German banker hits a nerve with anti-immigration book
Politicians have rushed to condemn a board member of the German central bank for a new book tackling immigration, but his views have found considerable support among the population at large.Thilo Sarrazin's book "is not convincing, but it has convinced many people," said the influential Spiegel magazine, which last week has the Bundesbank executive on its cover, calling him a "people's hero."
His publisher is rushing to print more copies of "Germany Does Itself In" to meet demand. Online retailer Amazon.de has a massive 207 reader reviews on its website, with the average score 4.4 stars out of a possible five.
The Social Democrats (SPD), the centre-left political party Sarrazin belongs to, has been inundated with thousands of letters, emails and phone calls attacking the central bank board's desire to expel him.
"Listen to the voice of the people for once," Spiegel quoted one of the almost 4,000 emails as saying.
"If I want to hear the muezzin's call to prayer, then I'll go to the Orient," he says, saying that allowing in millions of "guest workers" in the 1960s and 1970s was a "gigantic error."
He also says that Turkish and Kurdish "clans" have a "long tradition of inbreeding," leading to higher rates of birth defects, and ponders whether this might be one reason for immigrants' poor school performance, Spiegel said.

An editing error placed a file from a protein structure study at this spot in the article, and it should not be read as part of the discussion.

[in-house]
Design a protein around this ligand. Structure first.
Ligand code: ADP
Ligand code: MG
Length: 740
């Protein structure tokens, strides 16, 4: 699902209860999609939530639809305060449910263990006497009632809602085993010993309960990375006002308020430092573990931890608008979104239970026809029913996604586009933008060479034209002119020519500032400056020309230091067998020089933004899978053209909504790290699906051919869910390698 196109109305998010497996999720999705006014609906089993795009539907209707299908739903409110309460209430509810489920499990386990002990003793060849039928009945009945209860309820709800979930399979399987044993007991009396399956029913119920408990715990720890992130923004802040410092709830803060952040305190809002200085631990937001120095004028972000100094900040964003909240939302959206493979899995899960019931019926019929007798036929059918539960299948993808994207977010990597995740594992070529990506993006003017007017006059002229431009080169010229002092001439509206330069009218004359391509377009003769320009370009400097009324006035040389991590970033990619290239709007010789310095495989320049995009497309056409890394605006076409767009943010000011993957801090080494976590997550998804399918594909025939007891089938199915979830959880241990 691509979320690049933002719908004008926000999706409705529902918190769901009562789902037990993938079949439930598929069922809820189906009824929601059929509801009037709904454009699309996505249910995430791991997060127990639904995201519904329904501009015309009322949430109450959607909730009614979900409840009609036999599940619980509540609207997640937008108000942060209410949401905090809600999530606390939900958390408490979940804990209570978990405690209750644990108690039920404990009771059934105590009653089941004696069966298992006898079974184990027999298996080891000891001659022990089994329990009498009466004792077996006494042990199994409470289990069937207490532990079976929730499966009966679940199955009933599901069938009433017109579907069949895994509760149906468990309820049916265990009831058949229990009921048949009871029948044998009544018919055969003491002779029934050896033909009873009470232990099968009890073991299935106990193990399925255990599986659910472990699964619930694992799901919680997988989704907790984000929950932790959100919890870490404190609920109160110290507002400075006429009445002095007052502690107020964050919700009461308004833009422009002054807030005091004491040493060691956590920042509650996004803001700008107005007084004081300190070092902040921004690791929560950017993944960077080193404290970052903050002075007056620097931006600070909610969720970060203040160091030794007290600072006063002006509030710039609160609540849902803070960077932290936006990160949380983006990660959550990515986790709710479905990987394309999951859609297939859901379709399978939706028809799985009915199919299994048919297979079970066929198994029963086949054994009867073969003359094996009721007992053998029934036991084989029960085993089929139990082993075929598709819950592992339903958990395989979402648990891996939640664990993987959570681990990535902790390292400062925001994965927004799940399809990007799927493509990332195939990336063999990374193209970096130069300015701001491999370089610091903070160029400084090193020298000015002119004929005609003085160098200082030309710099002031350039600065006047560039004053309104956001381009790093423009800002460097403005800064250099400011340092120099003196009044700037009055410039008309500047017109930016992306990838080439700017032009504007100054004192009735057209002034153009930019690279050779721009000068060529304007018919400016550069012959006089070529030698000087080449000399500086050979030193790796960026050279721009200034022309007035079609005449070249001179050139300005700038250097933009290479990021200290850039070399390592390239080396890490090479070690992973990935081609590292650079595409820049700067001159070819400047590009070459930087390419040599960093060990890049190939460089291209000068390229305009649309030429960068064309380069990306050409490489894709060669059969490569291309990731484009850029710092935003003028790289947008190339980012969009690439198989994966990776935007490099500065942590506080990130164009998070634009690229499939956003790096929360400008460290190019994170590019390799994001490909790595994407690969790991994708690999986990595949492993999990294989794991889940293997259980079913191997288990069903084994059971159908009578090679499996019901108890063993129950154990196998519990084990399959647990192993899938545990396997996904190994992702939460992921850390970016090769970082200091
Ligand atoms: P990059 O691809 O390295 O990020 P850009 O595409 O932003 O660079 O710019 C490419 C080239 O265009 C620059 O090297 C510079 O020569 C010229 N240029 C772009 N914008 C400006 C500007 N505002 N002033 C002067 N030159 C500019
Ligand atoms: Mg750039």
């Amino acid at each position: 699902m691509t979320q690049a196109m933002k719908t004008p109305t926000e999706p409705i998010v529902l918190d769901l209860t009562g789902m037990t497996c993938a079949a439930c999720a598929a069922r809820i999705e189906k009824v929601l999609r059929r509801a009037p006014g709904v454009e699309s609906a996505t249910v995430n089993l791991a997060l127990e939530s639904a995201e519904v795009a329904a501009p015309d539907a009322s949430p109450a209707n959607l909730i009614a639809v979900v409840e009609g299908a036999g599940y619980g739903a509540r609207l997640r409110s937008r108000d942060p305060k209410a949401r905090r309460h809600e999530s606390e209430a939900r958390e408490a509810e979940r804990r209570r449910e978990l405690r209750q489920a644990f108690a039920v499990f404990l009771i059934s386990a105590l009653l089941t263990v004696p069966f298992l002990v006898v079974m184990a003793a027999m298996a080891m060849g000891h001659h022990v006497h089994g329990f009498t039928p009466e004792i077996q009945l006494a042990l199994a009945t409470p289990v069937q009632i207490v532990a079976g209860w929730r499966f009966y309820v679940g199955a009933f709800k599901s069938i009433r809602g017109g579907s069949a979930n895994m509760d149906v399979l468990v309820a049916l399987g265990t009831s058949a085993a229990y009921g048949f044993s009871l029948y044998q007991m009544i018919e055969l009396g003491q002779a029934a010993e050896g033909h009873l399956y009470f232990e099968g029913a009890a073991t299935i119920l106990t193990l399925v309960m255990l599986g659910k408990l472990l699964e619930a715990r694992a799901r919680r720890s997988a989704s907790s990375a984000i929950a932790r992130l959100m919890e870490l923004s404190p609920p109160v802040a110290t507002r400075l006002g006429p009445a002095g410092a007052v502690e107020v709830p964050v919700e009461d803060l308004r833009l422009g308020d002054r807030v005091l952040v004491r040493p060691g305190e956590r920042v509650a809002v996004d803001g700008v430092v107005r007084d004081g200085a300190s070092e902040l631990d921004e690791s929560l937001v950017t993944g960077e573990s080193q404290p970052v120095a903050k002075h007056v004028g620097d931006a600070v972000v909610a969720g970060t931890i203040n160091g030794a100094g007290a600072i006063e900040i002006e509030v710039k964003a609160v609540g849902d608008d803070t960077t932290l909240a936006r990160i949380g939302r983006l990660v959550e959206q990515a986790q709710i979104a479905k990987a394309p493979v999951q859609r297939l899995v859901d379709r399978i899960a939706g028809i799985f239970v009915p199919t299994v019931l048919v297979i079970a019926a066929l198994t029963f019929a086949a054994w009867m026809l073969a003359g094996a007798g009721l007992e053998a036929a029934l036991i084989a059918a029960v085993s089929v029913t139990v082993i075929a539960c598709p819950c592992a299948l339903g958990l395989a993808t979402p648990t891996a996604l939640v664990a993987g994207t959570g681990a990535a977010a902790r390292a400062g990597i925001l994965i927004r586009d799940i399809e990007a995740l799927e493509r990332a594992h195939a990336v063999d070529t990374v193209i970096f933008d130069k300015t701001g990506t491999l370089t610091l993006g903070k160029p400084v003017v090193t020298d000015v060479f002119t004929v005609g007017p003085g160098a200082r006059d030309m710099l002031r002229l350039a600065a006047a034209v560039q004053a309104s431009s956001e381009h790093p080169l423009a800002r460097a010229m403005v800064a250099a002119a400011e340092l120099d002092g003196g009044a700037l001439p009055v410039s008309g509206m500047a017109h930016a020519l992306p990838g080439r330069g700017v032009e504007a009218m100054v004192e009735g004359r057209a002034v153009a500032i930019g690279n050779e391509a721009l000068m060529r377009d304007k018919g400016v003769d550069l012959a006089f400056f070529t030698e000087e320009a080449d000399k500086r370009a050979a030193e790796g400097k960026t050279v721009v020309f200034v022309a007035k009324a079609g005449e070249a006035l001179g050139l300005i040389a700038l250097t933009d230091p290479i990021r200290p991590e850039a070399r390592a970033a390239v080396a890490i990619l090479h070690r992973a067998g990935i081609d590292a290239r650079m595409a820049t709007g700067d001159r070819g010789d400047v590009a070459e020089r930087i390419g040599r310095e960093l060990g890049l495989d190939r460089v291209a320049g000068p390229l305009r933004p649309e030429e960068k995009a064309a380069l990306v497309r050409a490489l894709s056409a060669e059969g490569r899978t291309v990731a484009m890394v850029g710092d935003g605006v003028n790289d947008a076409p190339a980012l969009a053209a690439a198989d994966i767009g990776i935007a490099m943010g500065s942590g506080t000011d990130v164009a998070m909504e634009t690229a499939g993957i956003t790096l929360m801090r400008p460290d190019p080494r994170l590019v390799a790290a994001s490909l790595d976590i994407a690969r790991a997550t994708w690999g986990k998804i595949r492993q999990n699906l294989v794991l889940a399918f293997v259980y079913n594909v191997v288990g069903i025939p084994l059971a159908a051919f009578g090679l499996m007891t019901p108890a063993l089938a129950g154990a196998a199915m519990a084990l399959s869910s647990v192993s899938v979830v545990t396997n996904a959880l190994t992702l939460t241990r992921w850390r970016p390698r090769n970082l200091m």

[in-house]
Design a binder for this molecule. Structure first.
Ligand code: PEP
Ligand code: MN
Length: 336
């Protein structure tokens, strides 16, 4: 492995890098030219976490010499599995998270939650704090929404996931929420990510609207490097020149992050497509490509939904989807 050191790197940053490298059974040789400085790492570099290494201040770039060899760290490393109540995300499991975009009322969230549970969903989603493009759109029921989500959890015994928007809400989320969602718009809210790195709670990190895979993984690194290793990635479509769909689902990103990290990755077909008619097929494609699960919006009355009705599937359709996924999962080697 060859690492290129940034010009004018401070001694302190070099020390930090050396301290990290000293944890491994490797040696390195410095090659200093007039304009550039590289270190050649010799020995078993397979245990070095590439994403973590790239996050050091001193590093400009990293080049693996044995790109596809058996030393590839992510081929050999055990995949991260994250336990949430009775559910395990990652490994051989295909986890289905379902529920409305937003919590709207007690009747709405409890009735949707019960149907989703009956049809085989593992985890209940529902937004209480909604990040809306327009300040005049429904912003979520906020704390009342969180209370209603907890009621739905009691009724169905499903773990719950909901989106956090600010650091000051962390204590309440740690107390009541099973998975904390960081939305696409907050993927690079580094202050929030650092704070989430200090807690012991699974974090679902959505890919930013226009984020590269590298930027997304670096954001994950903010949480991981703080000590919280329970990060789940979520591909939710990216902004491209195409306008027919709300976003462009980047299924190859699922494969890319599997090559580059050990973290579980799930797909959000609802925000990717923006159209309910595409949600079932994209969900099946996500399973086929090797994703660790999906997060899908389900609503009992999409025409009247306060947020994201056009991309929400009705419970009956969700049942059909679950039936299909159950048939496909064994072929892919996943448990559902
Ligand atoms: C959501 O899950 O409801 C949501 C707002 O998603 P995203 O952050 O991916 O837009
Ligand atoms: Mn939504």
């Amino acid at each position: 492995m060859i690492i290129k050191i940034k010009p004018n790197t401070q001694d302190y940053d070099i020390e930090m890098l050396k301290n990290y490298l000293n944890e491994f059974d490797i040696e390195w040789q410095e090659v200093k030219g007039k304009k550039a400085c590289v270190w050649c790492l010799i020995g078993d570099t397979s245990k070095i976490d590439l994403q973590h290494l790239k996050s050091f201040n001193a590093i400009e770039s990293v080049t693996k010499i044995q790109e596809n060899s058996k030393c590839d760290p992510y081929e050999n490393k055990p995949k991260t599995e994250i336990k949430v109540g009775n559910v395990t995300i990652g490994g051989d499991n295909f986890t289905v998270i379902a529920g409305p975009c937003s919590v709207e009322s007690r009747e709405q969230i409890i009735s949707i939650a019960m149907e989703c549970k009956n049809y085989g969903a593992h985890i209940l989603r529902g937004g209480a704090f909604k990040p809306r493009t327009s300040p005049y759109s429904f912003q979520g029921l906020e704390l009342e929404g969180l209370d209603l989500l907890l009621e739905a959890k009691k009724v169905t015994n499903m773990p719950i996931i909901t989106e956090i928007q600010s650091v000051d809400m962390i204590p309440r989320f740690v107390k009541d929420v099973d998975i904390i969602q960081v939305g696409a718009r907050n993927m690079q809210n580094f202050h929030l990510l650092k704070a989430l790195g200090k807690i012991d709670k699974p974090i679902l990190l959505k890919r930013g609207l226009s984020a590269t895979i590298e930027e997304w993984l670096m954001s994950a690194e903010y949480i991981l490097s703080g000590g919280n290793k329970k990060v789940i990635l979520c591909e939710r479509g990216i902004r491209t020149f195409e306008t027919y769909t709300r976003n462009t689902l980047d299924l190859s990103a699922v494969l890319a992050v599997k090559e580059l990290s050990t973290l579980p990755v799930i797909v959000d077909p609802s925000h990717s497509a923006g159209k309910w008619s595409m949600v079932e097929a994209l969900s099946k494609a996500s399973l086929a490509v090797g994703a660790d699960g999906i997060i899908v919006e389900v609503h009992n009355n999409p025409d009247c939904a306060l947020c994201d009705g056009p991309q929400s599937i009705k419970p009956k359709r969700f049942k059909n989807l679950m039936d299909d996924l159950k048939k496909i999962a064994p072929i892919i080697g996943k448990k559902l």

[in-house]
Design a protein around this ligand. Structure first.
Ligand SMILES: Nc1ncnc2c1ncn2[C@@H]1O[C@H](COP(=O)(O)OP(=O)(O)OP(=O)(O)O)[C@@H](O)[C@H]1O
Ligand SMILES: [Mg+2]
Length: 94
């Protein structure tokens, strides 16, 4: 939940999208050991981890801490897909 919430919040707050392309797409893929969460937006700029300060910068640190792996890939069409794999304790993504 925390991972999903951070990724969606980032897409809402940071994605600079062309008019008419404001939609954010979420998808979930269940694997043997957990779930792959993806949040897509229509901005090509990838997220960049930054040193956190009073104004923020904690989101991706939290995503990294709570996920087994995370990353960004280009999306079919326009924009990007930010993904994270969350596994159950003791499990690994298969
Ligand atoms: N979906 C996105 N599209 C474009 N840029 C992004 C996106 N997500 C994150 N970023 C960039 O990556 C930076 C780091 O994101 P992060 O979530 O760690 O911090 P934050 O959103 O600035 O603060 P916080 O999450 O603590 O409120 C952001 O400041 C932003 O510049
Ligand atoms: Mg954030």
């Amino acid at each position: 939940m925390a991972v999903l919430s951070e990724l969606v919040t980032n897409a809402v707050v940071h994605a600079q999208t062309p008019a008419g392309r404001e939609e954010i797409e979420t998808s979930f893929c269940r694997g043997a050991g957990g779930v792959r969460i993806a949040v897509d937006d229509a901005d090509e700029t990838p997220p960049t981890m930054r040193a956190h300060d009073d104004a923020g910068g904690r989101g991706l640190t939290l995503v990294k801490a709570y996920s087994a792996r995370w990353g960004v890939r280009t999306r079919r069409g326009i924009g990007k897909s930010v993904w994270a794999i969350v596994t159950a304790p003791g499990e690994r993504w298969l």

This, and his comment to a newspaper that "all Jews share a certain gene," critics say, is akin to the kind of pseudo-science used by the Nazis.
Chancellor Angela Merkel called the remarks "completely unacceptable." The Bundesbank's board has asked President Christian Wulff to fire him, as it cannot do so itself.
Sarrazin has no intention of going quietly, however, and has threatened to appeal in the courts if Wulff dismisses him in a "show trial."
But at the same time, Sarrazin's book has thrown the spotlight on the fact that Germany's record is poor on integrating its 15.6 million people with what the government calls "a migration background."
According to official figures, nearly one in five young people without German nationality, which many second and third generation immigrants do not have, leave school with no qualifications.
Other figures show that people in Germany of Turkish origin, who number around three million and make up the largest minority, are significantly more likely to be living below the poverty line.
The debate has taken on such proportions that Merkel, 56, gave an interview to the Turkish daily Hurriyet, and on Sunday she admitted in the Bild am Sonntag weekly that Germany has made mistakes and has a lot of work to do.
In the past, Germany "dreamed a so-called multi-cultural dream and didn't do enough to remind immigrants of their responsibilities," she told the paper.
"Unfortunately, it is true that children from immigrant families still today on average get worse grades at school ... Our policies have made many things better but we still can't be satisfied."
But a Pandora's Box has been opened. Backing for Sarrazin, 65, is so strong that a survey published on Sunday indicated that if he set up his own new political party, almost one in five (18 percent) would vote for him.
Sarrazin has no intention of doing any such thing, but the survey raised fears that a charismatic right-wing populist in Germany, like anti-Islam MP Geert Wilders in the Netherlands, could win considerable political support.
According to a study from Bielefeld University, one in two Germans thinks there are too many foreigners in the country.
AFP/ Simon Sturdee/ Expatica